The barrage had done as much as it could do. Longstreet didn’t like the idea of this attack at all – he spent much of the afternoon trying to avoid giving the order to proceed, even going so far as to try to trick Col. Alexander into doing it. The subordinate division commanders kept coming to ask when the attack would start – finally Maj. General George Pickett brought a note from Col. Alexander stating that the Confederate ordnance was nearly out. When Pickett asked if the attack could go forward, all Longstreet could manage was a nod.
Longstreet was in over-all command. The attack included the division of Maj. General Heth (temporarily commanded by Brig. General Pettigrew), and a mixed division under the command of Maj. General Isaac Trimble. While his name gets top billing on the charge, Pickett’s division made up only about 1/3 of the attacking force. Perhaps this was because his were the freshest troops on the field, or because they ended up making the farthest advance of the day. Either way, the attack is more properly called “Longstreet’s Assault” by most serious historians.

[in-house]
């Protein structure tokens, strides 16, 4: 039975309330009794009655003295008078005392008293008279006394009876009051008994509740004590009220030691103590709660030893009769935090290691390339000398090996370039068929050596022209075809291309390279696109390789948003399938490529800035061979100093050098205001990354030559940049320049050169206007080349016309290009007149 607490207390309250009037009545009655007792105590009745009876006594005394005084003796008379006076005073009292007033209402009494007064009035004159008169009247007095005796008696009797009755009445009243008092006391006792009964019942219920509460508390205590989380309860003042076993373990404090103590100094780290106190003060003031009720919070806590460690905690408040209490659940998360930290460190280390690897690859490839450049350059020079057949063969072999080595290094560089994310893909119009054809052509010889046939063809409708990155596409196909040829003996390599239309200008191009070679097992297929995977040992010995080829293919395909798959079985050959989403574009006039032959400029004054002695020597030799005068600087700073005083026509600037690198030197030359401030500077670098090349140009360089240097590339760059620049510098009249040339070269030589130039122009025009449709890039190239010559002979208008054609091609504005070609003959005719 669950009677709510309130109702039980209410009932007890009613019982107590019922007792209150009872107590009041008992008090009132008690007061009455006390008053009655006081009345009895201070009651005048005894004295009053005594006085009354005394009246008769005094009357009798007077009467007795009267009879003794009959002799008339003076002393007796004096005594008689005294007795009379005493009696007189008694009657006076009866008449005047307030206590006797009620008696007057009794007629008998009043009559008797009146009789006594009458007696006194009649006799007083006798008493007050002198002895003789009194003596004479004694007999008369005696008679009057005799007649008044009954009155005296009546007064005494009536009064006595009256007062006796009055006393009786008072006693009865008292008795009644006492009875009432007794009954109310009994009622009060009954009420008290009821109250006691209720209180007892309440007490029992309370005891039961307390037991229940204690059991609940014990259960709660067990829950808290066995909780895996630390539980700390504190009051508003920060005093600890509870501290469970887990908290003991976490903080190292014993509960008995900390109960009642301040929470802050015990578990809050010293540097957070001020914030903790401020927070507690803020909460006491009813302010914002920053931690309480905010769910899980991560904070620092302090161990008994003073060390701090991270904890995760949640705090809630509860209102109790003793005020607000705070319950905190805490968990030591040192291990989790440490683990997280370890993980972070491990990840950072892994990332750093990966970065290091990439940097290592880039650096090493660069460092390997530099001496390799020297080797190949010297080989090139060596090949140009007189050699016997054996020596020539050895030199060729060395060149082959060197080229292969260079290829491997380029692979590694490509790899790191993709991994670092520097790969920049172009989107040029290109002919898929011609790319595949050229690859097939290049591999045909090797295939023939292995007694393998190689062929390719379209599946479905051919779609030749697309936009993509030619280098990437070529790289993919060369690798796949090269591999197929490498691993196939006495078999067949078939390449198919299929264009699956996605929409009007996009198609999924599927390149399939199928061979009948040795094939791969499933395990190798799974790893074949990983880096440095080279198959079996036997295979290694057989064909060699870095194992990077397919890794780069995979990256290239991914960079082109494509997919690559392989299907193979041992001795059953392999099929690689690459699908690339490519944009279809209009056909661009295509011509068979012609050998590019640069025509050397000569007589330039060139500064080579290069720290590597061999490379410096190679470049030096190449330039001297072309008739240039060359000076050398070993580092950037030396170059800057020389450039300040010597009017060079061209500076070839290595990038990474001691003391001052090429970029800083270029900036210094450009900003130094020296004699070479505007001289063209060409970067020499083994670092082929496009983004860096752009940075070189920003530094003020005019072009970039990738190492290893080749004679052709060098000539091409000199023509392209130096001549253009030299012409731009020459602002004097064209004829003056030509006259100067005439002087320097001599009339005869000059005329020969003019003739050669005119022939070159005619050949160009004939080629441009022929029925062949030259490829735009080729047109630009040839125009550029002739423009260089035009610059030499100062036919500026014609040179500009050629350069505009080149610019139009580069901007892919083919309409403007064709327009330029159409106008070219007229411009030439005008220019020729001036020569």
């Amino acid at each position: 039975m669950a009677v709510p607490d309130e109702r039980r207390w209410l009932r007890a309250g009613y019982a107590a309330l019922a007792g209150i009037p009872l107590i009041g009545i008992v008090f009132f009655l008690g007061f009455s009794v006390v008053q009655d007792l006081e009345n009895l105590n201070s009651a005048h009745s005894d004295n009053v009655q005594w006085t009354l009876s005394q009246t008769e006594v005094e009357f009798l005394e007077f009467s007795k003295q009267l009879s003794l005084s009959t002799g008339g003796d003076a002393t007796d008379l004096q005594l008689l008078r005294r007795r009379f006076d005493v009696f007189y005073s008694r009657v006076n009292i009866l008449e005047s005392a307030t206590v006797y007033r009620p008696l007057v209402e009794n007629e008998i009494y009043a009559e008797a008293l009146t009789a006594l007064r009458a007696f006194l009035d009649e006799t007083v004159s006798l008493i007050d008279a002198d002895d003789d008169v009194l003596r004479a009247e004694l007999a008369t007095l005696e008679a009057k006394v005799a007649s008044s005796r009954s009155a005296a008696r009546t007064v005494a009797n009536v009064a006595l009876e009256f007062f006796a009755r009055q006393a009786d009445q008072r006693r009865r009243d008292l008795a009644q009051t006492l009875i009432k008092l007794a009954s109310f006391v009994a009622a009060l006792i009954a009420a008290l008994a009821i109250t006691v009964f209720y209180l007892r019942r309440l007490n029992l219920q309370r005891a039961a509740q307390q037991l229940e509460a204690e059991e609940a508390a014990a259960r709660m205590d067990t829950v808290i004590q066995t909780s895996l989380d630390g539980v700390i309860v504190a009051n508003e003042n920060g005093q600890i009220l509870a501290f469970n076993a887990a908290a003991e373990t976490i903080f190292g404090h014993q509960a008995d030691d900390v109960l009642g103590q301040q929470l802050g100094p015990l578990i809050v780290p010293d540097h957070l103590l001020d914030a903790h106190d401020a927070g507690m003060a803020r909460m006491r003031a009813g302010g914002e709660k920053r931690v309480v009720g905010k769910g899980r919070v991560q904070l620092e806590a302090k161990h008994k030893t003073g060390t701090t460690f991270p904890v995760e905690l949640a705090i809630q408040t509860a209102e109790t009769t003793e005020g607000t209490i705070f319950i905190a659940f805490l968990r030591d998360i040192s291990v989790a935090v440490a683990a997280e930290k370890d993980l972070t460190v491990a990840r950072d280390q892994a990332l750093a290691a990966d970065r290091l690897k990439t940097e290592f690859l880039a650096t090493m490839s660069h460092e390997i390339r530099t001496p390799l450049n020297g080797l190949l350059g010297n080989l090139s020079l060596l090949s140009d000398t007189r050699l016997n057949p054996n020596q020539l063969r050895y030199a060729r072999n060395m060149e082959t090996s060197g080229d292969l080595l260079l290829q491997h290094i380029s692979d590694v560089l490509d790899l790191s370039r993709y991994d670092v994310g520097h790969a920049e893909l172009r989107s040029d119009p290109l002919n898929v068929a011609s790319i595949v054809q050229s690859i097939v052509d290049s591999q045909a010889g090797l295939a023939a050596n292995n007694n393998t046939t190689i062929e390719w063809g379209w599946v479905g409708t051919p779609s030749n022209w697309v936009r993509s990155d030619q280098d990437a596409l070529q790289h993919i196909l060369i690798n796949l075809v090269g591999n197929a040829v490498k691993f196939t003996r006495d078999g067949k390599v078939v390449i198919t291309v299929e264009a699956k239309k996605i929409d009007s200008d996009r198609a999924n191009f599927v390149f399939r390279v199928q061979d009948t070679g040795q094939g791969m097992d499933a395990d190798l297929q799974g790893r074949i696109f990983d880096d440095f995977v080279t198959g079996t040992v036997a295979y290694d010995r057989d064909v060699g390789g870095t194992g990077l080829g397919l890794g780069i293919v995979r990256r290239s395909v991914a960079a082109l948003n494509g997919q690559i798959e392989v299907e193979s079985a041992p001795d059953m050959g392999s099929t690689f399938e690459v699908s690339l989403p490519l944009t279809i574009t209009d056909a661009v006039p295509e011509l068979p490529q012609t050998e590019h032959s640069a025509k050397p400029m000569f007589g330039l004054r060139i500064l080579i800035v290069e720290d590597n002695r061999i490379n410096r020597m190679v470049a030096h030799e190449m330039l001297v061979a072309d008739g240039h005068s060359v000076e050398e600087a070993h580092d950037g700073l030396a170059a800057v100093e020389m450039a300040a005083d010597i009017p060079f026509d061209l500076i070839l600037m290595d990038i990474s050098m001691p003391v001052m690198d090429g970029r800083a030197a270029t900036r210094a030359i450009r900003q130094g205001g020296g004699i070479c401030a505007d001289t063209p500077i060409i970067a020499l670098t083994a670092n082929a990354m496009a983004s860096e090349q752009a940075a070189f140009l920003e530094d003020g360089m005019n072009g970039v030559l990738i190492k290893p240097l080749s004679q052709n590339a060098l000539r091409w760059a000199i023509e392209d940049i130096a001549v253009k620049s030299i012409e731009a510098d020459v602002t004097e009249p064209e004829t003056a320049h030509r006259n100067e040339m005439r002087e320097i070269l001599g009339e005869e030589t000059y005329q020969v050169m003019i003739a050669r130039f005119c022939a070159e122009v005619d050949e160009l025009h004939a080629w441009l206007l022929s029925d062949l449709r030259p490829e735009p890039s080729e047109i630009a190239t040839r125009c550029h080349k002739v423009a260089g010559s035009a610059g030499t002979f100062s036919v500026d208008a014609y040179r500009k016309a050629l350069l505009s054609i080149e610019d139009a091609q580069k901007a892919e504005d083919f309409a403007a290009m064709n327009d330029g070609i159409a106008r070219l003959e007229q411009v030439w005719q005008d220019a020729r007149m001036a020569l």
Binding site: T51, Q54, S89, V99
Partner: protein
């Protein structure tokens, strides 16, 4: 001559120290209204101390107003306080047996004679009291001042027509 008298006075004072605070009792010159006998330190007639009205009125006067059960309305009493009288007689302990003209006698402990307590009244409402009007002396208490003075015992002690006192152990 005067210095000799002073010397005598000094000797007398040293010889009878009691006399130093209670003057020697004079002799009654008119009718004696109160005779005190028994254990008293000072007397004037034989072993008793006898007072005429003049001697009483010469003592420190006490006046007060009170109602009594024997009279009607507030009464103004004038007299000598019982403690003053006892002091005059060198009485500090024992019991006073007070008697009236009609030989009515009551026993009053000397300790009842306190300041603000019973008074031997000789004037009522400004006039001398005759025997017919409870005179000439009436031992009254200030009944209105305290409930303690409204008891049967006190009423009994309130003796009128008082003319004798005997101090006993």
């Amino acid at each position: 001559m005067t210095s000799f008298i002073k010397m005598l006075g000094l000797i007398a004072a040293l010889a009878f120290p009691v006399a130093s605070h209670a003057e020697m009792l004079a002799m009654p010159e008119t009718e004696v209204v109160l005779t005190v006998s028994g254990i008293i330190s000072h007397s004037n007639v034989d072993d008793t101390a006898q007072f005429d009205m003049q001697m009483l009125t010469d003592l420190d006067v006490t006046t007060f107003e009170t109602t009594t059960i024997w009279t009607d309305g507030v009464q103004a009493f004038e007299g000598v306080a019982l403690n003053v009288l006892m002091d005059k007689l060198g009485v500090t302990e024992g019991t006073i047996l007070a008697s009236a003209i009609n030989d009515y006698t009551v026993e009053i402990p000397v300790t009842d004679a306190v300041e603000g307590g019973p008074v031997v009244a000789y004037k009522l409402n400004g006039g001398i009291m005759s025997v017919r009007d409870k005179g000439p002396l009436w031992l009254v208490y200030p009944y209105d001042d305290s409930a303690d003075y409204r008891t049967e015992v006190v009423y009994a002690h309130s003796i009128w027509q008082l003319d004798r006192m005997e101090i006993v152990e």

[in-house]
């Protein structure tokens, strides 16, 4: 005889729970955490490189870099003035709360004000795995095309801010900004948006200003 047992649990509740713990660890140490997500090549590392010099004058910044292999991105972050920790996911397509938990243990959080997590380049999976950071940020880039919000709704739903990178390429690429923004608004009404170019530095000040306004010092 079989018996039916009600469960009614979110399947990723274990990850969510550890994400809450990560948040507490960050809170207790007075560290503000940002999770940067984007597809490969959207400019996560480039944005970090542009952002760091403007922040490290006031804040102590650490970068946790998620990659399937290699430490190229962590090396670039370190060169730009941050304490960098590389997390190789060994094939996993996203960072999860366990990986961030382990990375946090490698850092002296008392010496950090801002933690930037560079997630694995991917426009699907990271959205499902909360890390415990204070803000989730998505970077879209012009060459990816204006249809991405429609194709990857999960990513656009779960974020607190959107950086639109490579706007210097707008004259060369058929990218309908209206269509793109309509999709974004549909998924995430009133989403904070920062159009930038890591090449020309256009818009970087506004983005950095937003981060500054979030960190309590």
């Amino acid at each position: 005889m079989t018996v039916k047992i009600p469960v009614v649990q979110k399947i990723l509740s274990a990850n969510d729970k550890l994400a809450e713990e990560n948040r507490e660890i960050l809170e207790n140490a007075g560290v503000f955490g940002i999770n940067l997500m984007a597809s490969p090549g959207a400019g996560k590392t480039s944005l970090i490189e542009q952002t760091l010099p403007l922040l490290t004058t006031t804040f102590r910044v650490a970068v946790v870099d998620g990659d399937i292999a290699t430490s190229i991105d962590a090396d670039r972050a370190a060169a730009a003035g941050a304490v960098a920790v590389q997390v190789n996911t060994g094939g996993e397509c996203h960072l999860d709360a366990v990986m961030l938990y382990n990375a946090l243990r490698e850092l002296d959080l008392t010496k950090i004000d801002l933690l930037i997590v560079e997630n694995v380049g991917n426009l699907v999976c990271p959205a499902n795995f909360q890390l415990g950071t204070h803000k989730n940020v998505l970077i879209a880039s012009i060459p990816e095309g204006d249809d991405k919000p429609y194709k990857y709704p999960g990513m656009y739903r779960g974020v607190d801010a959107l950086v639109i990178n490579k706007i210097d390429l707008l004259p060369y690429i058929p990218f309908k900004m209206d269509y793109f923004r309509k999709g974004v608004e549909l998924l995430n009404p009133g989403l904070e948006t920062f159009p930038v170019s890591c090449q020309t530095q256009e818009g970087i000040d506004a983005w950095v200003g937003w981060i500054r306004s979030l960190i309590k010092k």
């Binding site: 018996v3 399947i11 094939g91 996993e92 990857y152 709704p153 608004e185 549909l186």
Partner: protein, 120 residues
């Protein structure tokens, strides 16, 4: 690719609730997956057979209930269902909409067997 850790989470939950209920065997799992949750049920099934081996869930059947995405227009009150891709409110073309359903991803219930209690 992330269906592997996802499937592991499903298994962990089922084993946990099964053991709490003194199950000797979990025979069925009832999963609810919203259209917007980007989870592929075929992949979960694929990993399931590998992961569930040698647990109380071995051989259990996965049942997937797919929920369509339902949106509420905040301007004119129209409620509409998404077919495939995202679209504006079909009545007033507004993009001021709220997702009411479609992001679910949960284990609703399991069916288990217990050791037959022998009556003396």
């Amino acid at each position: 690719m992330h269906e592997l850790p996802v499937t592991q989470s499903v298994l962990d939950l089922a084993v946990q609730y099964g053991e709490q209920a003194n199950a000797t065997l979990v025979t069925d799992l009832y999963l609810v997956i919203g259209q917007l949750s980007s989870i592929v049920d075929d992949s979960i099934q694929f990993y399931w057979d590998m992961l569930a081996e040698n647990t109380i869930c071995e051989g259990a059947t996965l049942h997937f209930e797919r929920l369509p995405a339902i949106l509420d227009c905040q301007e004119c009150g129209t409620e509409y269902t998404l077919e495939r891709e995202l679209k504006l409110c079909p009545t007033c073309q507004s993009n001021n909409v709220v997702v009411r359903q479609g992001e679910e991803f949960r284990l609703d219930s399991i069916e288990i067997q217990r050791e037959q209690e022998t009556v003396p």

150 years ago right now, the 13,000 men who would take part in the charge came out of the tree line on Seminary Ridge and began the advance.
They would cross nearly a mile of open fields, under fire from Union artillery the whole way. There were two fences that would have to be crossed along the way and for the last leg, the fire of tens of thousands of Yankee rifles to contend with.
Like I said, some of Pickett’s men did make it over the wall. Nearly 1,000 men broke the Union lines, but that wasn’t enough to last. The Confederacy had reached its high tide.